The first tab offers an advanced closing cost calculator with detailed and precise calculations, while the second tab offers a simplified closing cost calculator which shows a broader range of estimates. The third tab shows current San Diego mortgage rates to help you estimate payments and find a local lender. A guide to better understanding closing costs is published below the calculators. Our guide also lists state-by-state average closing costs before and after taxes.
Here is a more in-depth closing cost calculator which highlights individual fees you can expect to pay. This calculator allows you to select your loan type (conventional, FHA or VA) or if you will pay cash for the property. It will then estimate your total expected closing costs. This is an estimate of how much you will need on the day your home purchase is made. Please remember that this is an estimate, the actual fees and expenses may change depending on a variety of factors including the actual closing date. Below the calculator is a summary of the inputs and calculations used to create this estimate.
Depending on a variety of factors, closing costs typically range between 2% and 5% of the home purchase price. Here is a basic calculator which you can use to see your estimated range.
Some lenders advertise "no closing cost" loans, however this means these costs are rolled into the rate of interest on the loan. A small change in interest rates can add up to a substantial sum over the course of 30 years. For your convenience here is a table of current San Diego mortgage rates.
The following table shows current San Diego 30-year mortgage rates. You can use the menus to select other loan durations, alter the loan amount, change your down payment, or change your location. More features are available in the advanced drop down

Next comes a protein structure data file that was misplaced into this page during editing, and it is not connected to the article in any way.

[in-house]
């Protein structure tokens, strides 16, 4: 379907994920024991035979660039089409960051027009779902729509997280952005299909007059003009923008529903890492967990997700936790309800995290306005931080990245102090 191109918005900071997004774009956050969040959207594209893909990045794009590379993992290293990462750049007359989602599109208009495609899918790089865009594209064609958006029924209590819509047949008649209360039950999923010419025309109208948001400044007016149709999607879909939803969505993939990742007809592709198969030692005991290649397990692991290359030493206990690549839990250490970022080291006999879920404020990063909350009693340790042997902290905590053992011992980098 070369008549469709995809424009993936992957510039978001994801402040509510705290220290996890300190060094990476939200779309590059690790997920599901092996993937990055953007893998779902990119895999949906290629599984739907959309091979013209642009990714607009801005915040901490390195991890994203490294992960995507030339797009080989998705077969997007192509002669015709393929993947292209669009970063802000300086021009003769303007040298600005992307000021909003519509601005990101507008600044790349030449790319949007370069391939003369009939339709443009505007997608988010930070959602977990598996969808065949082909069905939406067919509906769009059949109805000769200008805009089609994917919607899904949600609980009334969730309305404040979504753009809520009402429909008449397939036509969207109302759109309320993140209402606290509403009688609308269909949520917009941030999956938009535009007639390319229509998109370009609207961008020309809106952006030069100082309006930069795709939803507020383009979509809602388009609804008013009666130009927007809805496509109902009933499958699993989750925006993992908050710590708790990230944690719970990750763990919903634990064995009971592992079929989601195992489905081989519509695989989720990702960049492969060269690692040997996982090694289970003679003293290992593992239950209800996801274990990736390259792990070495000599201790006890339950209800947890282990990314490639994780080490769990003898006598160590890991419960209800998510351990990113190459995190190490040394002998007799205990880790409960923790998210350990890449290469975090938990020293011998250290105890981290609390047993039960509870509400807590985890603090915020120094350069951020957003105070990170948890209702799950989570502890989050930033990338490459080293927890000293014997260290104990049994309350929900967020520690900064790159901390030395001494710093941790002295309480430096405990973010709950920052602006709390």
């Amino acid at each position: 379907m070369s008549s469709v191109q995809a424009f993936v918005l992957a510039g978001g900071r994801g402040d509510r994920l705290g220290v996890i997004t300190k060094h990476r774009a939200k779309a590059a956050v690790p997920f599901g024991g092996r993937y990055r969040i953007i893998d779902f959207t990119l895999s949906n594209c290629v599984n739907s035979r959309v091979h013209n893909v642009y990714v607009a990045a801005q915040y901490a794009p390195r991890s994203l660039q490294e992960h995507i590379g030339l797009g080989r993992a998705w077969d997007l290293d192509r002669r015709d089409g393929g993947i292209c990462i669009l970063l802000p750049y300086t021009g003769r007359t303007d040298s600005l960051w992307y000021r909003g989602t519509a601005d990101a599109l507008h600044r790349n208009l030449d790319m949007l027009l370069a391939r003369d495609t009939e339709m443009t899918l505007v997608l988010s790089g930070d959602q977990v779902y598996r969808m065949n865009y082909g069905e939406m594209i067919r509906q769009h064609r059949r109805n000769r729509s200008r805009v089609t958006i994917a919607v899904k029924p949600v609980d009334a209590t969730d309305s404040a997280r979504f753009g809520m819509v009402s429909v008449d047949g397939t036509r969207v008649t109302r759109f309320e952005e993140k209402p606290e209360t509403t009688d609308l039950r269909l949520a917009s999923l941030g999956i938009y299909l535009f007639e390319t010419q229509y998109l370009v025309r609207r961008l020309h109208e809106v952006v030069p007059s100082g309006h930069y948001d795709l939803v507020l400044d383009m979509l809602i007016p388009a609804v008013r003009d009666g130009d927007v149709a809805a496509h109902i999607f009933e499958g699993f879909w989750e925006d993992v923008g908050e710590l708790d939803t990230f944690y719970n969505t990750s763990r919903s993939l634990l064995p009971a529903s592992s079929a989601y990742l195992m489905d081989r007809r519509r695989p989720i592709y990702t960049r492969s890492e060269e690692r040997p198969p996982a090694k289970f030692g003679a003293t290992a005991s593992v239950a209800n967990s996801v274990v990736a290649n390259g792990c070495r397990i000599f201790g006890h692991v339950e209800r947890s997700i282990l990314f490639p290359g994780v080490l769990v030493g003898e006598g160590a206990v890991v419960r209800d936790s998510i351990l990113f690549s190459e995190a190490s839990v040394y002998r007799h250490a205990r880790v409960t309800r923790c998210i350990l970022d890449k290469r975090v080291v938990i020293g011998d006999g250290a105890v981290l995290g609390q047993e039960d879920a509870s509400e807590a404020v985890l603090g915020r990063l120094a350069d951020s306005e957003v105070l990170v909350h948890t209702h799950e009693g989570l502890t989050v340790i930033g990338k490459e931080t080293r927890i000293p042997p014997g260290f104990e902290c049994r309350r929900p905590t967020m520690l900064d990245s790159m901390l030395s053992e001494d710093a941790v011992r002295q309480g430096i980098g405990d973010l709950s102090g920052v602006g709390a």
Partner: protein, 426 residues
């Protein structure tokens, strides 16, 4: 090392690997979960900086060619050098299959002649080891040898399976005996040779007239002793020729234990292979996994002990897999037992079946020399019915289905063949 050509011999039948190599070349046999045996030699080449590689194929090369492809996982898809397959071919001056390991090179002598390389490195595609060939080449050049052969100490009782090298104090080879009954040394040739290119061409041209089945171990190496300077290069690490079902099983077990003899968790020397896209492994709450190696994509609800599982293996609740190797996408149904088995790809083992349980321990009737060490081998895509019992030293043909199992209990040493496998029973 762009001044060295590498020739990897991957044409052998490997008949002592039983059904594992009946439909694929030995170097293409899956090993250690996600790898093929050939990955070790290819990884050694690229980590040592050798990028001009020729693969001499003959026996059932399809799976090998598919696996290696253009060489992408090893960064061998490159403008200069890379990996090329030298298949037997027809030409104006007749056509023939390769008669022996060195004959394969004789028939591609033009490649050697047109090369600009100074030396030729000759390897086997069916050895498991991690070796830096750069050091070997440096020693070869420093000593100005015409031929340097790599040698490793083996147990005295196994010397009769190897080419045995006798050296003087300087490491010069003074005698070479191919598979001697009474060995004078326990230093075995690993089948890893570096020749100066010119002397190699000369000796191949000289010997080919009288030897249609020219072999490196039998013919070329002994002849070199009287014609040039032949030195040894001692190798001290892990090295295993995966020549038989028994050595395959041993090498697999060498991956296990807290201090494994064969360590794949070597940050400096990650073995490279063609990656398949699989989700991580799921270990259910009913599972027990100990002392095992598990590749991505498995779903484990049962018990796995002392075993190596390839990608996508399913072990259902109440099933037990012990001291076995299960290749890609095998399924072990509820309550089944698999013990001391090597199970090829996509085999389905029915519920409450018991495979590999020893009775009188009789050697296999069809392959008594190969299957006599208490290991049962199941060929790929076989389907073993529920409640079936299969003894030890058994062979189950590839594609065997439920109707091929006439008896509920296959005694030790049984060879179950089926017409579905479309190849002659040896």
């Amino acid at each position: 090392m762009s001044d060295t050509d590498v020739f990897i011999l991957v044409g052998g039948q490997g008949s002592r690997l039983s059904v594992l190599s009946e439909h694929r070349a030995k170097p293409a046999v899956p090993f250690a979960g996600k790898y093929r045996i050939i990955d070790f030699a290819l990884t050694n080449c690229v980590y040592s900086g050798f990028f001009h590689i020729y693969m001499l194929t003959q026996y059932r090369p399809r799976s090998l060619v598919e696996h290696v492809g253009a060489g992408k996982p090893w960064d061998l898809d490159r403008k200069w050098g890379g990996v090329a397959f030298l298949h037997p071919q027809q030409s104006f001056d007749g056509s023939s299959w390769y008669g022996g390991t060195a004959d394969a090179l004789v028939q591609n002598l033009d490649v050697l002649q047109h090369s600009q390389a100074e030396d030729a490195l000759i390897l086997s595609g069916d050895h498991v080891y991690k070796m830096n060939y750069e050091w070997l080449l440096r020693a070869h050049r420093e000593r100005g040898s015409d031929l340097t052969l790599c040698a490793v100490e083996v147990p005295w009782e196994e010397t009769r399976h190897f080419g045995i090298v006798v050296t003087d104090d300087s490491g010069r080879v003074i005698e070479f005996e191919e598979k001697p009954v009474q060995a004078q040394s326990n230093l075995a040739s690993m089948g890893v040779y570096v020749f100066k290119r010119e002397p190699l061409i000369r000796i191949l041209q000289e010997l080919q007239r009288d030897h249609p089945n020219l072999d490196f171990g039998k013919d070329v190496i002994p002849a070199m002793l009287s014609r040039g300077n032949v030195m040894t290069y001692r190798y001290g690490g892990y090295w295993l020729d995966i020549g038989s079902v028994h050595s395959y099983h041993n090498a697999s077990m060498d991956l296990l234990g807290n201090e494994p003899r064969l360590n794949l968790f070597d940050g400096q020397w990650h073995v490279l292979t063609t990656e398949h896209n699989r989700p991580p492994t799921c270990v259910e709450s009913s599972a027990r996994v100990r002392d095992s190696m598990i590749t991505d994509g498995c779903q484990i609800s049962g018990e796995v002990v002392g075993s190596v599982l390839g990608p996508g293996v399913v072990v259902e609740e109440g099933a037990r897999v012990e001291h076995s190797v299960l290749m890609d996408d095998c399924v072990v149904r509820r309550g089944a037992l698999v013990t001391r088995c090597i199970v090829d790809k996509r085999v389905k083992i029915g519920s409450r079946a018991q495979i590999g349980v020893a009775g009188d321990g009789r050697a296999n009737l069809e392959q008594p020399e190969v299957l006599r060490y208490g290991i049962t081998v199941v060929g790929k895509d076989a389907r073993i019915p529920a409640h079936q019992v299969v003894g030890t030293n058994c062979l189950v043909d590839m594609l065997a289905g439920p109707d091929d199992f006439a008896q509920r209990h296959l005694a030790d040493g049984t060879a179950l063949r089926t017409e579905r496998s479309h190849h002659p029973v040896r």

In the United States average closing costs for homeowners are about $3,700, though that depends heavily on home price and location.
ClosingCorp averaged statewide data for 1.6 million single family homes in 2019. The following table shows average statewide closing costs with and without property taxes included.
|State||Untaxed Closing Costs||Before Tax Rank||Taxed Closing Costs||After Tax Rank||% of Sales Price|
|Fee||Rough Cost||$250,000 Home||Paid to||Background|
|Origination Fee||1%||$2,500||Bank||Covers the cost of making the loan. This fee may be negotiable.|
|Discount Points||0% to 3%||$0 to $7,500||Bank||Homeowners can pay an upfront sum to lock in a lower rate of interest if they know they will be living in a house for an extended period of time.|
|Credit Report & Loan Application||$25 to $400||Bank||This fee is rather easy to waive given how small it is relative to other expenses.|
|Private Mortgage Insurance (PMI)||0% to 1%||$1,853||Bank's Insurance Company||This monthly payment protects the bank against the risk of loan non-payment. It is only required on a typical conforming mortgage if you pay less than 20% down until you have at least 22% equity in the home, or 20% equity and you request the fee removed.|
|First Interest Payment||0% to 1/12th APR||$500||Bank||This covers the interest fee from the date your loan is closed until your first regular monthly payment.|
|Title Services & Title Insurance||$275 to $5,000||$1,860||Title Company||Title insurance is a required purchase to protect lenders against claims on a home.|
|Property Taxes||0% to 2%||$2,000||Local Government||The local property taxes are due yearly & depend HEAVILY on the location & the municipal budgeting for large expenses like new schools. Some banks may roll these directly into your loan payment. Accrued property taxes which are still owed on the home may need to be paid.|
|Appraisal||$300 to $700||$500||Appraiser (by the bank)||Banks verify the value of homes before lending against them.|
|Survey||$150 to $400||$350||Survey Company||Used to verify & draw the boundaries on the property.|
|Homeowners Insurance||$450 + 0.2%||$950||Insurance Agent||Protects your home from common issues. Some problems like flooding may not be covered by homeowner's insurance.|
|Government recording fees & transfer taxes||$25 to $1,400||$50||Local Government||Recording a property sale has an associated documentation fee, but some locations also charge sales tax and/or transfer tax.|